The common term ‘equipment’ describes tools of any kind that are being used at work. This can range from small hand-held drills and saws all the way up to fancy computers, 3D printers, lighting and sound equipment and much more.

Let’s take an example of a casual photographer who works on weddings and bar mitzvahs.

Each job occurs on a specific schedule, and you may only be working for 10 or 20 days in the year. It makes sense then to only take out insurance for the days when you are actually on the job.

You need both public liability insurance to protect from the possible accidents that you could cause. You need equipment insurance because you will have your expensive cameras, lighting equipment, sound equipment and whatever else you need to do the work.

This will be located in an area where it is vulnerable to many different kinds threats. If you’ve set up your video camera and the stand gets knocked over, that can cost you thousands of dollars to replace, and you need it immediately otherwise you can’t finish the job and so you’ll need to fork out immediately or risk a double loss.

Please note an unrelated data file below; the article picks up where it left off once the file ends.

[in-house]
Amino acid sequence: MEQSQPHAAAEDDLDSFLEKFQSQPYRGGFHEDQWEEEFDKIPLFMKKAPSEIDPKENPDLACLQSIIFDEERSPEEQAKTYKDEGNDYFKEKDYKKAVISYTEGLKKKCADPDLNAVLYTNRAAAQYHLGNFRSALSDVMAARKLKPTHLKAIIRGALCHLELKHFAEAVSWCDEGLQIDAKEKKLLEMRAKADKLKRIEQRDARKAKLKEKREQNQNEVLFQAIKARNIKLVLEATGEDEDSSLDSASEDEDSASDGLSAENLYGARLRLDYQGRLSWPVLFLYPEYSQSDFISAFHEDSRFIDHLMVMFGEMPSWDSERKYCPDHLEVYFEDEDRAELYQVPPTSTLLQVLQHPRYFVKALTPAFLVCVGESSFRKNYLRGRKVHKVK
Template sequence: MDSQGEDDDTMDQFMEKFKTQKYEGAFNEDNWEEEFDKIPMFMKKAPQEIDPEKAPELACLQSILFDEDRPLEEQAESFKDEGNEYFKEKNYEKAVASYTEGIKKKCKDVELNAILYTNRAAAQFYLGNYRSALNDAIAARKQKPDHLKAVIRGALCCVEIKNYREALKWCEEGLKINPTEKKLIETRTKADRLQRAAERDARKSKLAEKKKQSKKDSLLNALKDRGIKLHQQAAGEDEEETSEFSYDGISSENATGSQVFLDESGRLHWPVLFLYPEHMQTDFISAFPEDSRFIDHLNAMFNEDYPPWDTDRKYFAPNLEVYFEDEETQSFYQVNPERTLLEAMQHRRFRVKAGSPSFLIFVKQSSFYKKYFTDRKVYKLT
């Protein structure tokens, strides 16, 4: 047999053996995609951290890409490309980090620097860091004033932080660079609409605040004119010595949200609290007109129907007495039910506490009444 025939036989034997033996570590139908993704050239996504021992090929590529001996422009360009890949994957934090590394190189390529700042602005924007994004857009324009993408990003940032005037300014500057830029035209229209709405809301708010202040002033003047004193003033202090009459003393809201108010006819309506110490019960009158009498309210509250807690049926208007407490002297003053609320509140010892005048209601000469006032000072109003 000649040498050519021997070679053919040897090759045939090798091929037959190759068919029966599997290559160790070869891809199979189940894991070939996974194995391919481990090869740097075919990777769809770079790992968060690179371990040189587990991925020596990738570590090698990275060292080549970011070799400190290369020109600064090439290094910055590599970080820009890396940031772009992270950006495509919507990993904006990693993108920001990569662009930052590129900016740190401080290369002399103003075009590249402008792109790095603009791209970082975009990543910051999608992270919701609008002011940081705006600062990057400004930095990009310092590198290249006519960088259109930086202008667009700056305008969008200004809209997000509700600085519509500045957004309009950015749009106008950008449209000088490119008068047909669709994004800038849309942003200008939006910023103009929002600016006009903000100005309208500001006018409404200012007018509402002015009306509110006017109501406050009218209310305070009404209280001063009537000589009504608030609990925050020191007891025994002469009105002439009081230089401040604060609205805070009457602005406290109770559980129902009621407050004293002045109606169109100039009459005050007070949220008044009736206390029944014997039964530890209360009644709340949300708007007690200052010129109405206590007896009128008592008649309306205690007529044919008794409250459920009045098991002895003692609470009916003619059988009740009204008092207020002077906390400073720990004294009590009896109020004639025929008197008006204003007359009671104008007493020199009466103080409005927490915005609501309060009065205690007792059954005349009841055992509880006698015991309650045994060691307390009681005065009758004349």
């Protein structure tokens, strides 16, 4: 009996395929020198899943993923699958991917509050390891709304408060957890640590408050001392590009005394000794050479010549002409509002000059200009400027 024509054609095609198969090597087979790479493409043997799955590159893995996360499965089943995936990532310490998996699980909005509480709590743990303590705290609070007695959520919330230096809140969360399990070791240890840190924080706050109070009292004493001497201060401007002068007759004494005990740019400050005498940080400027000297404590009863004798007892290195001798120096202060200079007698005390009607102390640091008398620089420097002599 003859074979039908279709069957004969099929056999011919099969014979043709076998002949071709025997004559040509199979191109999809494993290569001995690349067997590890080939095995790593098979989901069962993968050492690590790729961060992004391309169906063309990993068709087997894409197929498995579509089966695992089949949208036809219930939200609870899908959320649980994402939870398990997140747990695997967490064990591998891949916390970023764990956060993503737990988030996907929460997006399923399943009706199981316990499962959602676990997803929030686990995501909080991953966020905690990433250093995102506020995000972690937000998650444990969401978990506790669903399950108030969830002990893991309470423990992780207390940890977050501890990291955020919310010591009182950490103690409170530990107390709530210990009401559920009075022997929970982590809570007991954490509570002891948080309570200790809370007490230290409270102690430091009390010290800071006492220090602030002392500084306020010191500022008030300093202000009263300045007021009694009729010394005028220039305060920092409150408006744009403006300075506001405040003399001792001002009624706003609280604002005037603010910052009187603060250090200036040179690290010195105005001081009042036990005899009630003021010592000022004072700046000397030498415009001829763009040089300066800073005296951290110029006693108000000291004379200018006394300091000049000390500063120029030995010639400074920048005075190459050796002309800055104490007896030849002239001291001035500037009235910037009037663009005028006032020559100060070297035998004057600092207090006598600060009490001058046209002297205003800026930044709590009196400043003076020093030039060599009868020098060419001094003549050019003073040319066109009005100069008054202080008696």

As well, your valuable gear is now outside of your immediate control, and could be misplaced or stolen.

Equipment insurance lets you take on the work with the assurance that unforeseen events don’t end up costing you more than you would ever have earned from your part-time job.

The good news for you is that because you are working to a predetermined timetable, you can arrange to have insurance coverage just for the times when you are working, instead of wasting money paying annual premiums covering times when you do not need cover.

The bottom line is that any form of temporary work opens you up to risks, and you must take out enough insurance to cover this or you risk uncontrollable losses.

What is temporary insurance coverage?